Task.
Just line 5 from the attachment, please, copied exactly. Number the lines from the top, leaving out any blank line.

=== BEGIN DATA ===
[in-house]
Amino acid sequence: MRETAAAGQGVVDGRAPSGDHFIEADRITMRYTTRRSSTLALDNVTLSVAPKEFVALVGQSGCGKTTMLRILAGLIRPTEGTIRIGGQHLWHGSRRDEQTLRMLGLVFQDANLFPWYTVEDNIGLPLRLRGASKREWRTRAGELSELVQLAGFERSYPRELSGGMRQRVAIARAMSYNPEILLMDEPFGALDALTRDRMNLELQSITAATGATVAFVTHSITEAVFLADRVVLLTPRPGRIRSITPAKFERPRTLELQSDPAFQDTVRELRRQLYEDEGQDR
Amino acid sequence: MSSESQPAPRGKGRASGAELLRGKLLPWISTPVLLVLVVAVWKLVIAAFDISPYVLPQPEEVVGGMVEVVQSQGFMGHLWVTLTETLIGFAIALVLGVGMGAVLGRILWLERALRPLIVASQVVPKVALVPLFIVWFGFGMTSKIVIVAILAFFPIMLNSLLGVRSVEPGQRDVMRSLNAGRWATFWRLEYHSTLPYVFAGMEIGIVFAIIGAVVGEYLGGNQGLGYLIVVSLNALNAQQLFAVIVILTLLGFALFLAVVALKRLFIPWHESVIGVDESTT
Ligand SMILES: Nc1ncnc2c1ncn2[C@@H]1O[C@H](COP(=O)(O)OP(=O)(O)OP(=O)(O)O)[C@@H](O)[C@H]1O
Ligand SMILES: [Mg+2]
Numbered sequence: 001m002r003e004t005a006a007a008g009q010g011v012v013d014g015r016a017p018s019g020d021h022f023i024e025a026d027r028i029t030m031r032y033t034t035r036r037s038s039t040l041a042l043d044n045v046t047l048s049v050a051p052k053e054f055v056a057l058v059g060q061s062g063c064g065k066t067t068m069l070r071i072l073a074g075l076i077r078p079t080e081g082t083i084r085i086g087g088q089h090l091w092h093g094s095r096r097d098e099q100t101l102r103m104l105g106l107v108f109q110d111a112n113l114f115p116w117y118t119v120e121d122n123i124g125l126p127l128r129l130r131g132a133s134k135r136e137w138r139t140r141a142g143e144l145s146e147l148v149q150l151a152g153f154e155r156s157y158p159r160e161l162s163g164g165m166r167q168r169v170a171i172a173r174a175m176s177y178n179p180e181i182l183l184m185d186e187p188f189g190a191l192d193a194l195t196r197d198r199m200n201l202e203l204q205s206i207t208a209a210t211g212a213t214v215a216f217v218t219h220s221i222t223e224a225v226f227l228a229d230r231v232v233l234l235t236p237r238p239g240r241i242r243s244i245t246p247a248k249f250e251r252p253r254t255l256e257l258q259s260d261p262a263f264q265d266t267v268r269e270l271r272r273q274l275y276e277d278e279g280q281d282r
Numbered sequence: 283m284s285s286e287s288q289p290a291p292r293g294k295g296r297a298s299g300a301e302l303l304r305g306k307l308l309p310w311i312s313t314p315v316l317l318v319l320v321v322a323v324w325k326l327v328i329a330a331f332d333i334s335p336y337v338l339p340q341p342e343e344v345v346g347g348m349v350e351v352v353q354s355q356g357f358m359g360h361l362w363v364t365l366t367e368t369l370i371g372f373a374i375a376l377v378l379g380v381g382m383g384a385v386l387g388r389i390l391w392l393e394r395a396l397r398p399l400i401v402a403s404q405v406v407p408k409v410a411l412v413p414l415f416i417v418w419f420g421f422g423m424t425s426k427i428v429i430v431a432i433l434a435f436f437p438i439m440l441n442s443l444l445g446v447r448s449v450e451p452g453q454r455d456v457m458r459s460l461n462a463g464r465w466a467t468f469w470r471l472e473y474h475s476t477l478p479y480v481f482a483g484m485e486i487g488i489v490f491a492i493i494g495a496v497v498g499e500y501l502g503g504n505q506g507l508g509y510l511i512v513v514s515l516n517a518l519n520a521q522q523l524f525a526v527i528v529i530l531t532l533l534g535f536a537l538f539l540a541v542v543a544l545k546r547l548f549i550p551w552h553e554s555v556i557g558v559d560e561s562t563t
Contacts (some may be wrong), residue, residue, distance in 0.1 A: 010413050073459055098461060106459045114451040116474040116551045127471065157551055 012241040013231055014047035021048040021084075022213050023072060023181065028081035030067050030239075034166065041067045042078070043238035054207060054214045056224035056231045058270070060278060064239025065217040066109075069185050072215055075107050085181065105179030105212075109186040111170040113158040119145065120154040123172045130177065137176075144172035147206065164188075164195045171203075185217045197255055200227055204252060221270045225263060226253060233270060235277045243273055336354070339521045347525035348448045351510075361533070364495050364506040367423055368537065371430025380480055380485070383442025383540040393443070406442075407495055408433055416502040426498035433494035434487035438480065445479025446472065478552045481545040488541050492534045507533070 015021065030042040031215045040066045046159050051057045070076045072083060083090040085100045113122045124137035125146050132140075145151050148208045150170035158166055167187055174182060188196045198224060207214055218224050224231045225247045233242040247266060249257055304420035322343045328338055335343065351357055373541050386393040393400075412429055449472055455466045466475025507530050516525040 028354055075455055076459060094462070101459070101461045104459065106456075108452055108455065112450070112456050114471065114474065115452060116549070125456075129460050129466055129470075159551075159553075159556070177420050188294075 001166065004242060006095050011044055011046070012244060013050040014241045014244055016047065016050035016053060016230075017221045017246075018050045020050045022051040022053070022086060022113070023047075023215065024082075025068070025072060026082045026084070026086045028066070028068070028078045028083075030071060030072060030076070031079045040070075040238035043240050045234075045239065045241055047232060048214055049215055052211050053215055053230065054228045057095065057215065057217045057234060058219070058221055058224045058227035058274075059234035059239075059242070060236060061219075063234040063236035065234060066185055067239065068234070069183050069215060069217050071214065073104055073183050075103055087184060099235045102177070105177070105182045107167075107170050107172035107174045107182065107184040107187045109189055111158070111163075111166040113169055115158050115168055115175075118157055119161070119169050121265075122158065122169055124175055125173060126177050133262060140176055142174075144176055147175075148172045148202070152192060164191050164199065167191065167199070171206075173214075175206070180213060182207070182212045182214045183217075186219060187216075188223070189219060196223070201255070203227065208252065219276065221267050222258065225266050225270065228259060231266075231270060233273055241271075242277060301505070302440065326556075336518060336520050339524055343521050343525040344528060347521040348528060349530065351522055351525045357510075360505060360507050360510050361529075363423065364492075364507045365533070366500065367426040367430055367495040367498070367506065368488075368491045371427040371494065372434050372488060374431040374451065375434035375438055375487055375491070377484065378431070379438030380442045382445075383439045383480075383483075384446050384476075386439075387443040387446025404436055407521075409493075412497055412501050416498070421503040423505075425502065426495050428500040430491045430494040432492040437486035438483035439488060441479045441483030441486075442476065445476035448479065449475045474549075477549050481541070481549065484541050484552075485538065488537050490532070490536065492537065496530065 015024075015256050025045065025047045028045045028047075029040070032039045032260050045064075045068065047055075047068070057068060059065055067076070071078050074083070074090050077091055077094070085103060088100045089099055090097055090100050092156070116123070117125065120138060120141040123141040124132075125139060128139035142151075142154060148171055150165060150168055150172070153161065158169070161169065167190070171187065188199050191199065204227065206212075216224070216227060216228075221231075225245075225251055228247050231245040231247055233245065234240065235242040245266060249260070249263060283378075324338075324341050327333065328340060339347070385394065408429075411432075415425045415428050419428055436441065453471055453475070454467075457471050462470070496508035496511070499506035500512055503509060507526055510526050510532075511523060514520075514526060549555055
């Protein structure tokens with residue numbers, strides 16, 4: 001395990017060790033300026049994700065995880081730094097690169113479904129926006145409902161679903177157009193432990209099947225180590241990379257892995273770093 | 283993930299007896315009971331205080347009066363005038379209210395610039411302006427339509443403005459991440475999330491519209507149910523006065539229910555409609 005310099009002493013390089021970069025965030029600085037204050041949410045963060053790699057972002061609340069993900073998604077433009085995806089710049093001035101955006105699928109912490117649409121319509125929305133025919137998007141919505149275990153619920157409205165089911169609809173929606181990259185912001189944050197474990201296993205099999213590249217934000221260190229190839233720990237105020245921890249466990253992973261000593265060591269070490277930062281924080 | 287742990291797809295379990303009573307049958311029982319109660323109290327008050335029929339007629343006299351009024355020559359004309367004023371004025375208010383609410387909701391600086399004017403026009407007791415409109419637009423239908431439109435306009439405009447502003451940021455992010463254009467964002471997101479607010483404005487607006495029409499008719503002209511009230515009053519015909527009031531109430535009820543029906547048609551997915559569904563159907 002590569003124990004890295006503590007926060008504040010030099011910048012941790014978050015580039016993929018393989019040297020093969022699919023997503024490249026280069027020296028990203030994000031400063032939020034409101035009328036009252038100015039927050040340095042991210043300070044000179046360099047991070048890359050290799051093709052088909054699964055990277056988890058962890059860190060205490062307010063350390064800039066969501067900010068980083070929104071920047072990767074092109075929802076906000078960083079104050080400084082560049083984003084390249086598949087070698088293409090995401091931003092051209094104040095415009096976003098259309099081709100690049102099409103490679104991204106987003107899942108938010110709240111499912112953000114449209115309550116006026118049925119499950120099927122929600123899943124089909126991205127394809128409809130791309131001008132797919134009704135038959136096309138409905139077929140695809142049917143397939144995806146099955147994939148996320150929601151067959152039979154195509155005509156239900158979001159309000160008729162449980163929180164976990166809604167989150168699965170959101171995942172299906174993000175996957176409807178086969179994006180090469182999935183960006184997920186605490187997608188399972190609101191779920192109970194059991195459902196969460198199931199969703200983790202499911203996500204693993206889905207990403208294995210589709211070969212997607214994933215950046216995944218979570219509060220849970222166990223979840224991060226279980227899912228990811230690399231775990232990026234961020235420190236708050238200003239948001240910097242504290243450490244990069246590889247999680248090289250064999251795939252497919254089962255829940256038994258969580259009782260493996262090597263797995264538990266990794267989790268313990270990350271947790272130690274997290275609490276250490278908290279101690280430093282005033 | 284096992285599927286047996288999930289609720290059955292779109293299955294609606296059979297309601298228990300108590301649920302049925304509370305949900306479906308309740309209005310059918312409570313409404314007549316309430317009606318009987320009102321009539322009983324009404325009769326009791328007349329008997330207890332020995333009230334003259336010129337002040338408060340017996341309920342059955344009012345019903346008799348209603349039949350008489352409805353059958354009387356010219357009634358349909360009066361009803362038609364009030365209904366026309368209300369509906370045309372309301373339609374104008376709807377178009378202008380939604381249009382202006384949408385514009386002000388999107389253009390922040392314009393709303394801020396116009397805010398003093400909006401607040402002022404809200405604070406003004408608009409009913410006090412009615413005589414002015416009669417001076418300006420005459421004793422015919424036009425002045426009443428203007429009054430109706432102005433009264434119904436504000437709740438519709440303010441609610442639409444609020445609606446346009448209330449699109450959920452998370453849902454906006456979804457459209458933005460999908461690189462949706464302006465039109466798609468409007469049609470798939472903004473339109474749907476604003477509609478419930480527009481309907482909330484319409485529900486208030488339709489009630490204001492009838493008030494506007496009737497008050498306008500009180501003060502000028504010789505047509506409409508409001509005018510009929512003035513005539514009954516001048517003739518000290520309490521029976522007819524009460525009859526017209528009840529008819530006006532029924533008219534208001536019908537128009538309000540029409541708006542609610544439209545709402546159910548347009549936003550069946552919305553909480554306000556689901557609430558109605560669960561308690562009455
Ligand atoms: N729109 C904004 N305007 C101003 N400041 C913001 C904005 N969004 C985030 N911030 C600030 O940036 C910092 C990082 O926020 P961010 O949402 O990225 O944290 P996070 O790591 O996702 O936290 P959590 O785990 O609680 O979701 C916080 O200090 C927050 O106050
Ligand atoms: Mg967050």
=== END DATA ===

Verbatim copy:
Ligand SMILES: [Mg+2]